The United States experience
(a) Hugh Miller, "creation scientist" (Ohio, USA):
"We have found from our studies of radiocarbon dating that humans and dinosaurs lived together right up to maybe 100 [sic] years ago.
"The records show human and dinosaur footprints together and even in Rome there's a record of a very large dinosaur following one of its armies around which they had to slaughter because it was bothering them. "
Interviewed on Ten O'clock News, BBC Radio 4, 11/3/02
I teach evolutionary biology in Tennessee - about 90 miles from Dayton, location of the infamous Scopes trial. I read with sadness of attempts to introduce British students to creationist buffoonery as an alternative to evidentially well-grounded evolutionary biology. The idea that school children (and teachers) are in a position to judge which theory is better biology is absurd - especially since evangelical creationists have elevated the art of lying for Jesus and Genesis into a science.
If the experience in the US is anything to go by, this attempt by assorted Christian fundamentalist Taliban-wannabees to turn the clock of science back to the Middle Ages will not stop with biology. In the US we are used to undergraduates believing that Noah's Ark was the source of post-flood biodiversity, that the earth is less than 10,000 years old, that humans and dinosaurs lived together (creationism's Fred Flinstone hypothesis) and that the Grand Canyon was scooped out by a tidal wave during the flood. Disney cartoons have lent credence to Biblical tales of talking snakes and donkeys.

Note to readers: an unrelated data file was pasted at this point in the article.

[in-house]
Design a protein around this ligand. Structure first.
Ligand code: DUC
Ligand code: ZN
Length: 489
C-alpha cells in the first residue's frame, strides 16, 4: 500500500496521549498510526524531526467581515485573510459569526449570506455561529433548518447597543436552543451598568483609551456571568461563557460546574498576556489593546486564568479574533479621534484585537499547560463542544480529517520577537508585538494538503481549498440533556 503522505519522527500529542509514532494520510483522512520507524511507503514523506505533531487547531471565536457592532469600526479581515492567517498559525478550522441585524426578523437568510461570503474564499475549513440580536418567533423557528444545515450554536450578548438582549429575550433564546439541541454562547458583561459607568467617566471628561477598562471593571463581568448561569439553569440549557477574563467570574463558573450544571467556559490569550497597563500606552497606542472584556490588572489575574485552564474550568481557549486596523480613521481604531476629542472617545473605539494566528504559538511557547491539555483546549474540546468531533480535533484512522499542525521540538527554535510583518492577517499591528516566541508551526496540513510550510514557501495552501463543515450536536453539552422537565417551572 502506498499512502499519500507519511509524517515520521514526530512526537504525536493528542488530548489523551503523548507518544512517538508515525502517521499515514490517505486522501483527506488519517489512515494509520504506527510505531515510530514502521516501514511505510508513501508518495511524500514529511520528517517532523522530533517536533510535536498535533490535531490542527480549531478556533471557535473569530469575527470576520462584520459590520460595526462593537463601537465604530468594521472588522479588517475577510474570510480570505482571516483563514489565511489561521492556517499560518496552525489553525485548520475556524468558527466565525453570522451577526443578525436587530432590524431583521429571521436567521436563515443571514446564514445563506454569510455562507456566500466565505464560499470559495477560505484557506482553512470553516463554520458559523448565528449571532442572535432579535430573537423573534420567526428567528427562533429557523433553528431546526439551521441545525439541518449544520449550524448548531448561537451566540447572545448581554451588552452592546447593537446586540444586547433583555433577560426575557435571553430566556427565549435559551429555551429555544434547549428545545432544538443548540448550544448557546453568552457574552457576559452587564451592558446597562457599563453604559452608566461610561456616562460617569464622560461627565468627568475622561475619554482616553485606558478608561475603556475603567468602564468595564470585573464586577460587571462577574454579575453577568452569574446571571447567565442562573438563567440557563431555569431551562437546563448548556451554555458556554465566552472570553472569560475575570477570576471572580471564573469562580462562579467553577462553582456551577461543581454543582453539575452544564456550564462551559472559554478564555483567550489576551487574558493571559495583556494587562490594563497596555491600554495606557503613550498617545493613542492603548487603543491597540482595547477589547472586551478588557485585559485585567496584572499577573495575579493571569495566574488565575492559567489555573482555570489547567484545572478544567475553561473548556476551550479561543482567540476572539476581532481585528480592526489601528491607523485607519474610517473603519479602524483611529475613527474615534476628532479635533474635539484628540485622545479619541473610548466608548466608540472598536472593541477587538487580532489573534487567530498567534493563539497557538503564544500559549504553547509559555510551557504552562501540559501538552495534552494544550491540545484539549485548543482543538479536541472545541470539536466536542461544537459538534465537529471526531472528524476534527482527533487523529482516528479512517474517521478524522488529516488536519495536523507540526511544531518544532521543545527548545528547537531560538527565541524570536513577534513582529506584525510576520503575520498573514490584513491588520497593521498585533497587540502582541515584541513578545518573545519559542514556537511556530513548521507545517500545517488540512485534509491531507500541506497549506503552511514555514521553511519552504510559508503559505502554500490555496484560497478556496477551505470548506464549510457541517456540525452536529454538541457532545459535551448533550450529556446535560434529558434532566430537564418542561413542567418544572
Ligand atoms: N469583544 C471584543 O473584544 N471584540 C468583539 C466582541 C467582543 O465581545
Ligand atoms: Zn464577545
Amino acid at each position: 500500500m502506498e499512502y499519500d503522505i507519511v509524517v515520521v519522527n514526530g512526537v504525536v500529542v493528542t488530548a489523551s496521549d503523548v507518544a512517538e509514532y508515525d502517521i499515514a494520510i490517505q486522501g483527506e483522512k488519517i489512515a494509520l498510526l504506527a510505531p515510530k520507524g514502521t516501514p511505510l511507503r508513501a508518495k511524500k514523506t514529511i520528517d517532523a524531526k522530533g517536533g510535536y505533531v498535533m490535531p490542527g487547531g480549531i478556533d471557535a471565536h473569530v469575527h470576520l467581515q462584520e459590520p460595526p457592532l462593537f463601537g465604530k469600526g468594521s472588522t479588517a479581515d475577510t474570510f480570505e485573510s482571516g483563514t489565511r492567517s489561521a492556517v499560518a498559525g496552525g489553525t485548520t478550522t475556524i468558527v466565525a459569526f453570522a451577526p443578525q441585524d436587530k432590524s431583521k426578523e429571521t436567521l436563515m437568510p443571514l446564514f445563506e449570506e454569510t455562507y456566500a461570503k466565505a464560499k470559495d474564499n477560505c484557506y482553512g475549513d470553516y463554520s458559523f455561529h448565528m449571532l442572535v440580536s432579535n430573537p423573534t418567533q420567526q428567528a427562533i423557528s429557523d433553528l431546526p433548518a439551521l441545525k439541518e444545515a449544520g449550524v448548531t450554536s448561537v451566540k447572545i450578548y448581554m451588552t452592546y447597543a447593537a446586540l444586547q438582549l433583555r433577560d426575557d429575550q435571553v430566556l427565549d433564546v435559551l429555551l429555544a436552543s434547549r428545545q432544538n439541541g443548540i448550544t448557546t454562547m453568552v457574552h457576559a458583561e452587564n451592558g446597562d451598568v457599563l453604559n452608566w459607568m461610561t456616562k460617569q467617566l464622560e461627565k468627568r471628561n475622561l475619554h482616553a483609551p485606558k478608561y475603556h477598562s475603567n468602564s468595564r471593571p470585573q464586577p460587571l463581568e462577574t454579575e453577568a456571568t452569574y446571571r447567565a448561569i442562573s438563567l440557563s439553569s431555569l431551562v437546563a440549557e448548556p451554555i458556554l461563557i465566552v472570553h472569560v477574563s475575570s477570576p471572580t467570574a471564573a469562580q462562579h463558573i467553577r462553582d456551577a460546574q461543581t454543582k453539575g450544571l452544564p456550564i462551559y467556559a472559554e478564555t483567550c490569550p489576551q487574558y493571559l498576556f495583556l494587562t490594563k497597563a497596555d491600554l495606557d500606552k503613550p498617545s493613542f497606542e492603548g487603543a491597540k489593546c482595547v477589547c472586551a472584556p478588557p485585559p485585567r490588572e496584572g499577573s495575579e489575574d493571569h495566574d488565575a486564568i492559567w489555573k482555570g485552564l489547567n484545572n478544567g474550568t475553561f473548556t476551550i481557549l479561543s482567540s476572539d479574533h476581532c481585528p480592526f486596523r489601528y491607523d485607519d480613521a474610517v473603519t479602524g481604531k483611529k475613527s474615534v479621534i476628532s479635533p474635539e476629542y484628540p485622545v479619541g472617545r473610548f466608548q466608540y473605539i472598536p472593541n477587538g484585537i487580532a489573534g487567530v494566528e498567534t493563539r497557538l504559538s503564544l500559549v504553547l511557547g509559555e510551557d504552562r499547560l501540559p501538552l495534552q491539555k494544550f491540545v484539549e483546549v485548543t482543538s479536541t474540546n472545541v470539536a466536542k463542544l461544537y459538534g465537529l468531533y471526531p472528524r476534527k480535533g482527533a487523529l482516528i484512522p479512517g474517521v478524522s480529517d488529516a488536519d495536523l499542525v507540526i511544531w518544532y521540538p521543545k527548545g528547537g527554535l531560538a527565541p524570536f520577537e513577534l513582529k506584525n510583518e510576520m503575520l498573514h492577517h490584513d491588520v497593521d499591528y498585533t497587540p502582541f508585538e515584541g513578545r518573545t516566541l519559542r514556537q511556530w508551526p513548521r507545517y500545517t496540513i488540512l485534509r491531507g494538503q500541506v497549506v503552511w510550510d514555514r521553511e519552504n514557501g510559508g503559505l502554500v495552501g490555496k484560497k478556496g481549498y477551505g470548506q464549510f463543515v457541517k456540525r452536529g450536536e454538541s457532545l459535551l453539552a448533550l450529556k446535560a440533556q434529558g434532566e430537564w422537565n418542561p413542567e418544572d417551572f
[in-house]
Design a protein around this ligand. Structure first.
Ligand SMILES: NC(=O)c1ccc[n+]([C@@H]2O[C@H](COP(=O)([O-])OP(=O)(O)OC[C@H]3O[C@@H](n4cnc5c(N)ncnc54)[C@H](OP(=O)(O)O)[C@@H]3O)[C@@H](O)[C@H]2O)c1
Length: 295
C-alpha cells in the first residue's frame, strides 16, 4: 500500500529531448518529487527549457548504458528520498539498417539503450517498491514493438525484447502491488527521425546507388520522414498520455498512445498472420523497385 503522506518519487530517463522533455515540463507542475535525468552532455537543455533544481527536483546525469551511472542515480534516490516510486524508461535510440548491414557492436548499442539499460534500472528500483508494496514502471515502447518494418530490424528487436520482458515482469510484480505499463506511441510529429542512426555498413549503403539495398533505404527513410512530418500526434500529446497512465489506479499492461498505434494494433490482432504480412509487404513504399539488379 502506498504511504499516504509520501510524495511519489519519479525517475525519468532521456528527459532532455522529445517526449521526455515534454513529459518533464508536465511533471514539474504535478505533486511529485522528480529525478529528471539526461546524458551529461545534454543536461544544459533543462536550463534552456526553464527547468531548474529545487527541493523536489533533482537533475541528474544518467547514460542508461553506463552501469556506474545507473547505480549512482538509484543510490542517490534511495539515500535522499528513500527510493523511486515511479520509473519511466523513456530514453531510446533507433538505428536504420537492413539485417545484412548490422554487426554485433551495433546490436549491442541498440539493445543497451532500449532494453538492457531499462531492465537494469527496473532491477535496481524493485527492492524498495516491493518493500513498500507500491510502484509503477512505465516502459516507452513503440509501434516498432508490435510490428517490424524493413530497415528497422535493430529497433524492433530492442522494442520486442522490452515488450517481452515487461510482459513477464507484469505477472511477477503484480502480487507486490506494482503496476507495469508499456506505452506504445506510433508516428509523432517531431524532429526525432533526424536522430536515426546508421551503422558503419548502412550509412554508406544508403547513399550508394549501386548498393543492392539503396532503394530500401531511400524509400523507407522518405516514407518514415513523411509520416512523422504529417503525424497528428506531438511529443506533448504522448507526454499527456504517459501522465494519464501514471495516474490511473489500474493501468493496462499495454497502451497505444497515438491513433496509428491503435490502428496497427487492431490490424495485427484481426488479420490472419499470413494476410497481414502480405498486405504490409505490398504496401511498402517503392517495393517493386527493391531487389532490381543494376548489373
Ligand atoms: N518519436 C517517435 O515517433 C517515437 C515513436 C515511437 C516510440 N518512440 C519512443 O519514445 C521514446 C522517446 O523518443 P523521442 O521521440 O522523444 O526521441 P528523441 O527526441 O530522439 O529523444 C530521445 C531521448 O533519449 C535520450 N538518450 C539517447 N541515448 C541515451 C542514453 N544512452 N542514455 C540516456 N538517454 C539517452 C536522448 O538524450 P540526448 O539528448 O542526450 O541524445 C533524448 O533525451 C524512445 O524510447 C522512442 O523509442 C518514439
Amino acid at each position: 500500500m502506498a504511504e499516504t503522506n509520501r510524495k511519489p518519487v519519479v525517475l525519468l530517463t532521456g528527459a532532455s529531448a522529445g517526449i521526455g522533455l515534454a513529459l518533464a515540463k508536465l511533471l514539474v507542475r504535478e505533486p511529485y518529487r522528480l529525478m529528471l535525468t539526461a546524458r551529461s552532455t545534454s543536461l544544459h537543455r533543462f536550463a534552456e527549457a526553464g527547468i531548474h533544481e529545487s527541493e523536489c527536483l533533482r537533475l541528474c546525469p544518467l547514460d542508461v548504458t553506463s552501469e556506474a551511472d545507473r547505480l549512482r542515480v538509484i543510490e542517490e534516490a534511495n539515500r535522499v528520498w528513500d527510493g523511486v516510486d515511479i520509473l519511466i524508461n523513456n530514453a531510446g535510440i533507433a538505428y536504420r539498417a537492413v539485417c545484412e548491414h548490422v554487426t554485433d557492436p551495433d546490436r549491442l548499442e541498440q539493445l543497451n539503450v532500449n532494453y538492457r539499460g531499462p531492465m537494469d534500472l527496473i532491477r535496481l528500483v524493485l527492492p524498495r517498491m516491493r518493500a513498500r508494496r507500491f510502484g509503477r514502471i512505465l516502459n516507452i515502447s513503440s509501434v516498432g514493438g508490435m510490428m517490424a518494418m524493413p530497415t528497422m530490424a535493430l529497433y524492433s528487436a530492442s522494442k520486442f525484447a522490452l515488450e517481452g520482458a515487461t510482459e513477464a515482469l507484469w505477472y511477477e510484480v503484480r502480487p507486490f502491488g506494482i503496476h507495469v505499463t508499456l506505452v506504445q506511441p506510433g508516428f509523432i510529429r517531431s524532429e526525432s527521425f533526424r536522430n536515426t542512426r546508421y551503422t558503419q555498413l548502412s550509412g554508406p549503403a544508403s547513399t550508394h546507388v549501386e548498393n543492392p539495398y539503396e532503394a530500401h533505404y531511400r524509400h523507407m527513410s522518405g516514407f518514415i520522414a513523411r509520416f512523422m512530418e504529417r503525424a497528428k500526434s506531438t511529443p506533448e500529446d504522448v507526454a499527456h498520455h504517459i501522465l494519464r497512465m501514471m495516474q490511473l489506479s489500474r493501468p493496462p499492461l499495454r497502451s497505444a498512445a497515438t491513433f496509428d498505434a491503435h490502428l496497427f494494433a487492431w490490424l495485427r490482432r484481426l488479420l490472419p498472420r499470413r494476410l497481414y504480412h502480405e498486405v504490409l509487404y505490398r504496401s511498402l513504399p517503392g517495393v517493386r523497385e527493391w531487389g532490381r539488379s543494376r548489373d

The US experience shows that good and sensible people frequently have their voices drowned out by well-funded purveyors of baloney.
[Letter from Prof Niall Shanks, East Tennessee State University, USA, in The Guardian, 19/3/02]
(c) Disclaimers in Textbooks
The National Academy of Sciences is urging its members to lobby the Cobb County, Georgia, school board to remove disclaimers about evolution placed in middle and high school textbooks. The school policy also is the subject of a lawsuit by the American Civil Liberties Union, which is demanding that the disclaimers be removed. The stickers tell students that evolution is a theory, not a fact, and should be looked at with an open mind.
NAS President Bruce Alberts said in a letter to the Academy's Georgia membership that these kinds of actions by school officials are classic ploys to get creationism and "intelligent design" theories into the biology curriculum.
[National Secular Society Newsline 22/9/02]